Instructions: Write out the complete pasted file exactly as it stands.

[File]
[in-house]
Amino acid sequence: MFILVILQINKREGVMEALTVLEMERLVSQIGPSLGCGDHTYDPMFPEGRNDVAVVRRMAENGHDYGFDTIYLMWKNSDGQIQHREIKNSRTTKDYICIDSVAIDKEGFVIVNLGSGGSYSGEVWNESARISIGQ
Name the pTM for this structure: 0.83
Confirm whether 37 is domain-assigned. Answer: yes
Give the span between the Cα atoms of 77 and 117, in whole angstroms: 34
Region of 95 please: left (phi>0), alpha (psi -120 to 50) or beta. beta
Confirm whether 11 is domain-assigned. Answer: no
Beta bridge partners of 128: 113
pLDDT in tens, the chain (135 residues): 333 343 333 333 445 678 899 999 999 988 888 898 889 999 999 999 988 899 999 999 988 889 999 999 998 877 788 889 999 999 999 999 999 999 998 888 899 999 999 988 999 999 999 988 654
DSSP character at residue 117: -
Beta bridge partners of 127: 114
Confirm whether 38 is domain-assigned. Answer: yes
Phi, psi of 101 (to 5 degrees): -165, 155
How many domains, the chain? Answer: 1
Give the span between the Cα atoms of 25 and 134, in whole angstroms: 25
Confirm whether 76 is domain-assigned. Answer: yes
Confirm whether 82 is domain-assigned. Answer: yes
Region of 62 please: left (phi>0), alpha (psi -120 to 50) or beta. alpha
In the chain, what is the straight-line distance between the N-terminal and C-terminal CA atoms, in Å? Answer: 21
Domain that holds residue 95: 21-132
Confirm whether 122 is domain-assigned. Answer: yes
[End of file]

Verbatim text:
[in-house]
Amino acid sequence: MFILVILQINKREGVMEALTVLEMERLVSQIGPSLGCGDHTYDPMFPEGRNDVAVVRRMAENGHDYGFDTIYLMWKNSDGQIQHREIKNSRTTKDYICIDSVAIDKEGFVIVNLGSGGSYSGEVWNESARISIGQ
Name the pTM for this structure: 0.83
Confirm whether 37 is domain-assigned. Answer: yes
Give the span between the Cα atoms of 77 and 117, in whole angstroms: 34
Region of 95 please: left (phi>0), alpha (psi -120 to 50) or beta. beta
Confirm whether 11 is domain-assigned. Answer: no
Beta bridge partners of 128: 113
pLDDT in tens, the chain (135 residues): 333 343 333 333 445 678 899 999 999 988 888 898 889 999 999 999 988 899 999 999 988 889 999 999 998 877 788 889 999 999 999 999 999 999 998 888 899 999 999 988 999 999 999 988 654
DSSP character at residue 117: -
Beta bridge partners of 127: 114
Confirm whether 38 is domain-assigned. Answer: yes
Phi, psi of 101 (to 5 degrees): -165, 155
How many domains, the chain? Answer: 1
Give the span between the Cα atoms of 25 and 134, in whole angstroms: 25
Confirm whether 76 is domain-assigned. Answer: yes
Confirm whether 82 is domain-assigned. Answer: yes
Region of 62 please: left (phi>0), alpha (psi -120 to 50) or beta. alpha
In the chain, what is the straight-line distance between the N-terminal and C-terminal CA atoms, in Å? Answer: 21
Domain that holds residue 95: 21-132
Confirm whether 122 is domain-assigned. Answer: yes